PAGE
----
Activation Energies (E) and Order of Kinetics (b) of the RTL Quartz Determined after Correcting the Thermal Quenching

(5) FOM=ΣYi-fiΣfi×100(%).

In this equation, Yi is the experimental value and fi is the best-fit value of the TL intensity. Balian and Eddy [13] recommend 2.5% to declare a fit as good. The FOM value obtained was 1.5%, which indicates that the fit is successful.

4. Optical sensitivity

The optical sensitivity for the RTL quartz sample was examined by comparing the change of intensity on RTL glow peaks measured after exposure to light from a solar simulator (SOL-2: Honle, Martinsried, Germany) with various illumination times. According to the manufacturer’s specification the solar simulator used in the present work provides a power density 910 W·m−2 at the sample position and about 6.5 times the brightness compared with sunlight. Following experiments were carried out for this investigation. After exposure with a beta dose of 300 Gy, the RTL measurements of the quartz sample were made up to 450°C with the samples exposed to various times to light from a solar simulator, from a few minutes to 416 hours. With these glow curves, the thermal quenching was corrected and then peak separation using the CGCD method mentioned earlier was made. Variations of the luminescence efficacy between samples were normalized using the 120°C peak intensity after giving a second monitor beta dose. Three aliquots in each measurement were employed. In this work, the four peaks (P4–P7) are of interest in retrospective dosimetry because the three peaks (P1–P3) possess a short life time. As a result of the decay modes for exposure to light from a solar simulator, the signals for peaks P4 and P5 exhibited one exponential fall represented by the functional form of f(t)=a1e−λ1t, while three different exponential decays expressed the functional form of f(t)=a1e−λ1t+a2e−λ2t+a3e−λ3t were shown for the signals for peaks P6 and P7.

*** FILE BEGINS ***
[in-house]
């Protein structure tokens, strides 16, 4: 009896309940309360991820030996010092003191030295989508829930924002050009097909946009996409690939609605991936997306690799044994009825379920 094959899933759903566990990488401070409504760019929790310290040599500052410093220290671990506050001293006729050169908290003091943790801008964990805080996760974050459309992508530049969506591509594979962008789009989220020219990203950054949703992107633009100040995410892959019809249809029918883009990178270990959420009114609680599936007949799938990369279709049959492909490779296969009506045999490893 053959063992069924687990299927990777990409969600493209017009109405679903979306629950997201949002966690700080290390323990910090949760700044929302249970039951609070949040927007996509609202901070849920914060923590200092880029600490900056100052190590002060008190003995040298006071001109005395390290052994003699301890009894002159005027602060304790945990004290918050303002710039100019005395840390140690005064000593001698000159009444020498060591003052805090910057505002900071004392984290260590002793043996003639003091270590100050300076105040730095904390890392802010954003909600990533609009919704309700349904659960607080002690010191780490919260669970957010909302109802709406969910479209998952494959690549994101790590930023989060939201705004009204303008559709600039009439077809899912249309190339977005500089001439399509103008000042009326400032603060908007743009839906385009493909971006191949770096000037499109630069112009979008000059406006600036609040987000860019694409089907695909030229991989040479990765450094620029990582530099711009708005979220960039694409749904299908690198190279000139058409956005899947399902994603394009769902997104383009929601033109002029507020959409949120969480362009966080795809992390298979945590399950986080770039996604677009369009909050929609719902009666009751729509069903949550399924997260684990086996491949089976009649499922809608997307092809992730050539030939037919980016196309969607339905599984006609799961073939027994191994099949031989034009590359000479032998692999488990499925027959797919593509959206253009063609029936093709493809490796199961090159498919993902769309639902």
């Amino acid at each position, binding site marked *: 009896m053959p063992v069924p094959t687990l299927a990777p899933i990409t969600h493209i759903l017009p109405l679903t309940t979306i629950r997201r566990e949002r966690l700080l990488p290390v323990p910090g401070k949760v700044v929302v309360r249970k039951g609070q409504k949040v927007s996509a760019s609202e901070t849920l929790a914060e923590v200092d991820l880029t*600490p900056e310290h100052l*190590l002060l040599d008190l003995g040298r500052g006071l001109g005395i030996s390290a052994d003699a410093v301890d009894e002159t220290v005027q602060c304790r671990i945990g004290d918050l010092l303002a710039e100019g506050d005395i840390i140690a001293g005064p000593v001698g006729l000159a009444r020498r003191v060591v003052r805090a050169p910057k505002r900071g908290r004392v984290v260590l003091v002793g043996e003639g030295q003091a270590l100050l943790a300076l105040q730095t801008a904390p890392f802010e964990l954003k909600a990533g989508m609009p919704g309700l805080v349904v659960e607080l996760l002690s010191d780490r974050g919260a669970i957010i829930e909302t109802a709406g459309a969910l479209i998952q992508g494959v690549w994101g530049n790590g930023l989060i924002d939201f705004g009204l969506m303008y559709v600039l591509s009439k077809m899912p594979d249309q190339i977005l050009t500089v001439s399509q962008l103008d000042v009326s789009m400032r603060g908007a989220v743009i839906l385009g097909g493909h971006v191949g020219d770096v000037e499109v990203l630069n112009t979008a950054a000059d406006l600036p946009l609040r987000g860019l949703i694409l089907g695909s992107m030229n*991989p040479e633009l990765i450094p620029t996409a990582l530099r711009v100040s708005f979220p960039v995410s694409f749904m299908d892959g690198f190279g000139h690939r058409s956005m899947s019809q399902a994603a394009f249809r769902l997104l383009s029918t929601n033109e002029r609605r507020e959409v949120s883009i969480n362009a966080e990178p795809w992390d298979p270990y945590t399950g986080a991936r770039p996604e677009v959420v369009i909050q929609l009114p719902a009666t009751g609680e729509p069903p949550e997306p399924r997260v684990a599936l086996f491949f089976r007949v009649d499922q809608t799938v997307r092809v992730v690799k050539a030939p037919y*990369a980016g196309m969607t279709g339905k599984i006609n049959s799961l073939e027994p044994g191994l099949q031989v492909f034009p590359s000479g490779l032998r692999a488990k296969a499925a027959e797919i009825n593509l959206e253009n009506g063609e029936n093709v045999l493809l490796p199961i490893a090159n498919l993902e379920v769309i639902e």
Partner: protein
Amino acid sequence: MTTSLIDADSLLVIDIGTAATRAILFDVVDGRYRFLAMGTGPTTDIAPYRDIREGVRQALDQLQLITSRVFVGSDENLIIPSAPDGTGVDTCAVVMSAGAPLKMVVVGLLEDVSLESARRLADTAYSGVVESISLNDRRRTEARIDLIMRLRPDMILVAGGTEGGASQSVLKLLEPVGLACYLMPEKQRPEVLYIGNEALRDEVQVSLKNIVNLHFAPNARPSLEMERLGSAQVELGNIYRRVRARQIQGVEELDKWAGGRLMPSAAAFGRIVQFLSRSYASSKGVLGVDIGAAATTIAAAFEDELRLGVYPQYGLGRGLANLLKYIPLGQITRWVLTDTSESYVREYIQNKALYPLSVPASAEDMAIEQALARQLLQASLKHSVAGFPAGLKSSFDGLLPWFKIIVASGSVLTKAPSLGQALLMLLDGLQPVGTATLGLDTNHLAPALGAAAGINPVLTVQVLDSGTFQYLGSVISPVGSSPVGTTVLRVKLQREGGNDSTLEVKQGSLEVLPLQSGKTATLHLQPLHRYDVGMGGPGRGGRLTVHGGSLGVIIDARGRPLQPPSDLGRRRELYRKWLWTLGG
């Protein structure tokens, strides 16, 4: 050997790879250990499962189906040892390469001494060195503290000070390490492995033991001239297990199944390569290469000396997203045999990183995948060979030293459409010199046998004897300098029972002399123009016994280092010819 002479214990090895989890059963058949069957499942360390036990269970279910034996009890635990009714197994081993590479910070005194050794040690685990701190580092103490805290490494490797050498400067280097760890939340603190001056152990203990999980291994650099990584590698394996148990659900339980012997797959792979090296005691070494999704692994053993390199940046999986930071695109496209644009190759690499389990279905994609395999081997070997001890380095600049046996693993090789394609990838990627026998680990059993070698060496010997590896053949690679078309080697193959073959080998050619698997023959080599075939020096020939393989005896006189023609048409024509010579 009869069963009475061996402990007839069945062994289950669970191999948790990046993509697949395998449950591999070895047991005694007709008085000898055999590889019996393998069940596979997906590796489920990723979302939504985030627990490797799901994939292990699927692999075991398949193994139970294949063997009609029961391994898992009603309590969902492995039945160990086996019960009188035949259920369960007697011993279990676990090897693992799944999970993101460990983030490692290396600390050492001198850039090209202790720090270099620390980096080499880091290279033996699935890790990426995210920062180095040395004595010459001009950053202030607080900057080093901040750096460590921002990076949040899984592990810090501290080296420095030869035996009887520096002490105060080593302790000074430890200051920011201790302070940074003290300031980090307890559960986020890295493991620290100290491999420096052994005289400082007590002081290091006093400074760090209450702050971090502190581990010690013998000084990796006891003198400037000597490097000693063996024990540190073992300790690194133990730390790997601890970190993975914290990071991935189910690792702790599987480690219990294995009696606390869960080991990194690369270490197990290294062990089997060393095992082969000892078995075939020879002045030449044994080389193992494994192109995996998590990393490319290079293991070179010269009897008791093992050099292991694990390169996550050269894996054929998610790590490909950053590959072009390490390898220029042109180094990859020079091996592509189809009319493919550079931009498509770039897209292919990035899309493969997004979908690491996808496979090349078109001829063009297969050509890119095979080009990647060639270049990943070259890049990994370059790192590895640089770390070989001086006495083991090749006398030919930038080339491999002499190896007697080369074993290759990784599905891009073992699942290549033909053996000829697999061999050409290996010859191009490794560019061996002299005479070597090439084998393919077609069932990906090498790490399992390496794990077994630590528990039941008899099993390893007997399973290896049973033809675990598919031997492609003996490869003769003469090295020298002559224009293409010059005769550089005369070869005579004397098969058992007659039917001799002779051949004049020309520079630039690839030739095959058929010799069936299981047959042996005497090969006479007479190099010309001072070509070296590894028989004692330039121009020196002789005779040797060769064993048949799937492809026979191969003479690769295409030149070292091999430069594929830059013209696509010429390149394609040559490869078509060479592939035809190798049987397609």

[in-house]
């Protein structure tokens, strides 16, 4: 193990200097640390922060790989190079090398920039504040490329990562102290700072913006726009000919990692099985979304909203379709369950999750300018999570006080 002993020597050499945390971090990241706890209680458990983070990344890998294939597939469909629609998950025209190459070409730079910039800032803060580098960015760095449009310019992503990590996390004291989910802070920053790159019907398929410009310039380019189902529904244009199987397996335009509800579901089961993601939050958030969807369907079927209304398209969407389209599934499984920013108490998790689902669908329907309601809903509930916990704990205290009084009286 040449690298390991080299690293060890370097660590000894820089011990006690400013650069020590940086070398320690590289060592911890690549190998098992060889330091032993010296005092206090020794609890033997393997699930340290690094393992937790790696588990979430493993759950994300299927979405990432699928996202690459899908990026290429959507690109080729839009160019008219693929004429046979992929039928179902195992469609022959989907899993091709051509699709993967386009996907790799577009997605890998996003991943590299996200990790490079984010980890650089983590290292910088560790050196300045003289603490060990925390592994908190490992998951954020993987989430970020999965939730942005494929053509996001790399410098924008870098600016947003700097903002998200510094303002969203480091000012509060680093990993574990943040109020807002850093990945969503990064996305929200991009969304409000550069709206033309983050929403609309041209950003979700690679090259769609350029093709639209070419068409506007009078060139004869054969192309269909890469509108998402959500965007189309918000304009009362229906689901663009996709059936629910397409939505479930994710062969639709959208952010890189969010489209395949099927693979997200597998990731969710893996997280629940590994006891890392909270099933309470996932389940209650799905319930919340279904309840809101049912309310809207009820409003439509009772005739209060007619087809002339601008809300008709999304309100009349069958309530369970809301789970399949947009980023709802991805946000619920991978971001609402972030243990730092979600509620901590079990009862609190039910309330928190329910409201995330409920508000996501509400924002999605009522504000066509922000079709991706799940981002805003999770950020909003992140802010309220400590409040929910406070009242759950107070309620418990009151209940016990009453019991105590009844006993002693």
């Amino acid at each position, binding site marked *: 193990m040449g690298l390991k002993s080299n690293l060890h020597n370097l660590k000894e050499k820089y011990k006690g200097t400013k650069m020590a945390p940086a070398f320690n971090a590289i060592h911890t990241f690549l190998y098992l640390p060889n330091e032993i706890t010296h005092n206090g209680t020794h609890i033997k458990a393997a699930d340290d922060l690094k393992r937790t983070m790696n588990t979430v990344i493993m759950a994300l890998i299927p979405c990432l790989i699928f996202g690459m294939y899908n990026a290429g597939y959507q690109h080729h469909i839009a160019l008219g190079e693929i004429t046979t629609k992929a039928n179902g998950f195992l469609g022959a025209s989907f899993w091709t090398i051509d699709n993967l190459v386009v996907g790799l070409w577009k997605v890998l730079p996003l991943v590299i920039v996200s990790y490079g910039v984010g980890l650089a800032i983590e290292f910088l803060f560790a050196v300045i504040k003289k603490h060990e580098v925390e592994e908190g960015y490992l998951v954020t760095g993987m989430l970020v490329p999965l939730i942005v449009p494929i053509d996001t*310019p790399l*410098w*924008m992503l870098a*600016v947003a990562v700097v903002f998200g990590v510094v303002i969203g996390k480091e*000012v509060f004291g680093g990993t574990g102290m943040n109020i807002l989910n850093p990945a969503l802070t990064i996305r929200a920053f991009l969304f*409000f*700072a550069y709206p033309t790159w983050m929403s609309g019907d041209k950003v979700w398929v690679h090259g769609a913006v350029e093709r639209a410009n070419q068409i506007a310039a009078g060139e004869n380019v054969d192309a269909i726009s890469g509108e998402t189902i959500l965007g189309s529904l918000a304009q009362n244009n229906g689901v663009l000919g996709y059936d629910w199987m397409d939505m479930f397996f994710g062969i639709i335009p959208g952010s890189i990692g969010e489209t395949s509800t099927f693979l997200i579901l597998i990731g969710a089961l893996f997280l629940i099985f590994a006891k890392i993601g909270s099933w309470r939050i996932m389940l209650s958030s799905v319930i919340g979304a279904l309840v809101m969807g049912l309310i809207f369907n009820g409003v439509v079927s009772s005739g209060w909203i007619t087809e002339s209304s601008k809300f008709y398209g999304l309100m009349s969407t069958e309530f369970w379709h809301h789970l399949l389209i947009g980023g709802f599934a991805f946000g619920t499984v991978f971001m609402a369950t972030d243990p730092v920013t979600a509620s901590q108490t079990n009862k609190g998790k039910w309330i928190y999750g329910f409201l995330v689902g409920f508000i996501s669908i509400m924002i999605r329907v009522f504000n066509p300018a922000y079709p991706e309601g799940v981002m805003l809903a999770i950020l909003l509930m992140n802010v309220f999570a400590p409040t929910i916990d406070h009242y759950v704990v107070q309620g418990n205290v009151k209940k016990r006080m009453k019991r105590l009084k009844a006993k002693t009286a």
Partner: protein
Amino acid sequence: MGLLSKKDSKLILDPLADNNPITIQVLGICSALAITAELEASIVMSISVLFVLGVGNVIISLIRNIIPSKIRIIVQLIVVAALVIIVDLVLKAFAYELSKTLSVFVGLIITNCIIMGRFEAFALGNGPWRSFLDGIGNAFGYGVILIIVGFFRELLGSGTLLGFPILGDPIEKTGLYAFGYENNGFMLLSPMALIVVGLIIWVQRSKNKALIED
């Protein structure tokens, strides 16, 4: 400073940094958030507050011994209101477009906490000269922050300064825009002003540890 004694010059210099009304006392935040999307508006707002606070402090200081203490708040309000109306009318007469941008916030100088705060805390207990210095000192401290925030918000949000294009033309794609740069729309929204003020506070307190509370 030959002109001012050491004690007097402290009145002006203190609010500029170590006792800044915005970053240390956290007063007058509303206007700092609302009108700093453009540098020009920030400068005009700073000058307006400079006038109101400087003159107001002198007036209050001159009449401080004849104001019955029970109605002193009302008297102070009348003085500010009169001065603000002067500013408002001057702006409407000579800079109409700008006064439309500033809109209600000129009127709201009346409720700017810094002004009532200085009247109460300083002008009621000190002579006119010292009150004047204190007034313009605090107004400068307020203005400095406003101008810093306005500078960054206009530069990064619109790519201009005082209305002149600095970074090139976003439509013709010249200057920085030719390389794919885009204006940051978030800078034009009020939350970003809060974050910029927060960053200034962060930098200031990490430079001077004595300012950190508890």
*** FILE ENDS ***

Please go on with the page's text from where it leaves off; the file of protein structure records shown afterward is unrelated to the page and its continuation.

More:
The decay modes of the peaks P4 and P5 are shown in Figure 6A. During an exposure to light of 416 hours, a rapid initial decaying occurred, showing an exponential fall with time with a decay constant of λ1=5.05×10−1 min−1 for the peak P4 and 7.33×10−1 min−1 for the peak P5. Figure 6B shows the decay modes of the peaks P6 and P7. There is a rapid initial decaying and the decaying keeps more slowly with two different decay shapes, showing exponential fall with time with three decay constants of λ1=6.96×10−2 min−1, λ2=1.29×10−3 min−1 and λ3=6.85×10−5 min−1 for the peak P6, and λ1=1.30× 10−2 min−1, λ2=1.23×10−3 min−1 and λ3=7.74×10−5 min−1 for the peak P7. The decay constants are calculated using least-squares fits on the plot of linear-log scale and are displayed in Table 2. The times taken to reduce the RTL signal to half of its initial value were 70 seconds for the peak P4, 54 seconds for the peak P5, 9,840 seconds for the peak P6 and 26,580 seconds for the peak P7, respectively. Scholefield and Prescott et al. [3] presented the optical sensitivity for RTL quartz that the peaks at 270°C and 305°C gave a high optical sensitivity while an insensitive optical property showed for the peak at 350°C. This result supports the outcomes produced from the present study.